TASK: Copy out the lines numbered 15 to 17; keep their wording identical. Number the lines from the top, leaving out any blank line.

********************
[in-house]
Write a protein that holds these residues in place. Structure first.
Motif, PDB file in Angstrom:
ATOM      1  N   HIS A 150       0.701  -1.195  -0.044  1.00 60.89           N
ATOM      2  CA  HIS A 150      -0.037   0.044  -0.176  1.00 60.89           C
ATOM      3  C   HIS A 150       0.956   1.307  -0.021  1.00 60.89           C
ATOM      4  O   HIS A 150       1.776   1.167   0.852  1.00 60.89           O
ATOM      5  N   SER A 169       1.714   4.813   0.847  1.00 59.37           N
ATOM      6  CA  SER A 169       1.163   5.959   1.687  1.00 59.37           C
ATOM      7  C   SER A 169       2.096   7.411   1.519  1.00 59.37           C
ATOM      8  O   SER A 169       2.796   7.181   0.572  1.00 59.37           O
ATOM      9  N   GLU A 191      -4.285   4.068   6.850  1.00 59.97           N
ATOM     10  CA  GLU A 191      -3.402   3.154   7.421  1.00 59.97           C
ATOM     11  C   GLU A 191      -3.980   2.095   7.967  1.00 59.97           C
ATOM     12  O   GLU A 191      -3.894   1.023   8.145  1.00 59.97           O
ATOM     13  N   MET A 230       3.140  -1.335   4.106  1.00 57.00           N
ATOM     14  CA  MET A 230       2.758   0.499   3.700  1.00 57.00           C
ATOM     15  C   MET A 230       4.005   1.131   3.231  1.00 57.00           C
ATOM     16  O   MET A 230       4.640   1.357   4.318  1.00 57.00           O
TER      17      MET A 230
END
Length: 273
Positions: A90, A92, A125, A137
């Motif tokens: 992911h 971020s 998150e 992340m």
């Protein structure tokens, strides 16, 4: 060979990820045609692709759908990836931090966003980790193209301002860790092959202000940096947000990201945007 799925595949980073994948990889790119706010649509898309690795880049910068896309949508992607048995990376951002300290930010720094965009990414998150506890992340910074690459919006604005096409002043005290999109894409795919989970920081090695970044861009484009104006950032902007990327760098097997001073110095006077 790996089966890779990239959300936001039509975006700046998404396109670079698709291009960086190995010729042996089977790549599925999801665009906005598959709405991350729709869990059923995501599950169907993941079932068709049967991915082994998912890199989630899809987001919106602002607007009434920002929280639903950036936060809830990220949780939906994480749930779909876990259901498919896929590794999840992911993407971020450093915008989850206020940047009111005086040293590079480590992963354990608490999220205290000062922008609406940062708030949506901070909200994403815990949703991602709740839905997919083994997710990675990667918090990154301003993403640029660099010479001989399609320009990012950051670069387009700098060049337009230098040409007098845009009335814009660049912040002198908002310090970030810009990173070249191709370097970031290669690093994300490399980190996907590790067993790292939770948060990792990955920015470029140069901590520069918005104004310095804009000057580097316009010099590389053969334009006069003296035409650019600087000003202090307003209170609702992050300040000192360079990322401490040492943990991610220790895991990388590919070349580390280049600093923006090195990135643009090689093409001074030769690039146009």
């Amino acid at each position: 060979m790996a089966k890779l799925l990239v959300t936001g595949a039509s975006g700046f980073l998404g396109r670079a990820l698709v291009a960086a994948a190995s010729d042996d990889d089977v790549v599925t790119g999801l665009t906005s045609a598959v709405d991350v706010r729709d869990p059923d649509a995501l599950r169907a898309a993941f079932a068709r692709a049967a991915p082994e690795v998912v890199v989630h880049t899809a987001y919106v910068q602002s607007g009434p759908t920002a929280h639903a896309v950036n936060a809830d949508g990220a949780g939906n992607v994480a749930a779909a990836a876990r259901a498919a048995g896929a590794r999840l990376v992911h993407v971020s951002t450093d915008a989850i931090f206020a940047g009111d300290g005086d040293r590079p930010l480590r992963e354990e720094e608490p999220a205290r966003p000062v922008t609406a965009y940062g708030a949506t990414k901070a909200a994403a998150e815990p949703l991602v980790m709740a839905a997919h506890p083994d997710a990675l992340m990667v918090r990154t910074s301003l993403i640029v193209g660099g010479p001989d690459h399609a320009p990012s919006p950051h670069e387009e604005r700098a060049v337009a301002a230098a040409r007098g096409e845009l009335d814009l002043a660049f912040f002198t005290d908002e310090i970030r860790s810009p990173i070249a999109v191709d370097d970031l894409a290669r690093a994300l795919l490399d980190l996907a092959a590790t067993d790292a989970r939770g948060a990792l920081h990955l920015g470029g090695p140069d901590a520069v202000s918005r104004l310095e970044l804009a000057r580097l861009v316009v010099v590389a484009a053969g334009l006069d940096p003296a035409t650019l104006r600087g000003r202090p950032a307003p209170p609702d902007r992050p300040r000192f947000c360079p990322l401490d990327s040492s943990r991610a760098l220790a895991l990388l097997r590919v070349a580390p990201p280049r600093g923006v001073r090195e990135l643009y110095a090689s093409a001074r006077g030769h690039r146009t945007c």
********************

ATOM     12  O   GLU A 191      -3.894   1.023   8.145  1.00 59.97           O
ATOM     13  N   MET A 230       3.140  -1.335   4.106  1.00 57.00           N
ATOM     14  CA  MET A 230       2.758   0.499   3.700  1.00 57.00           C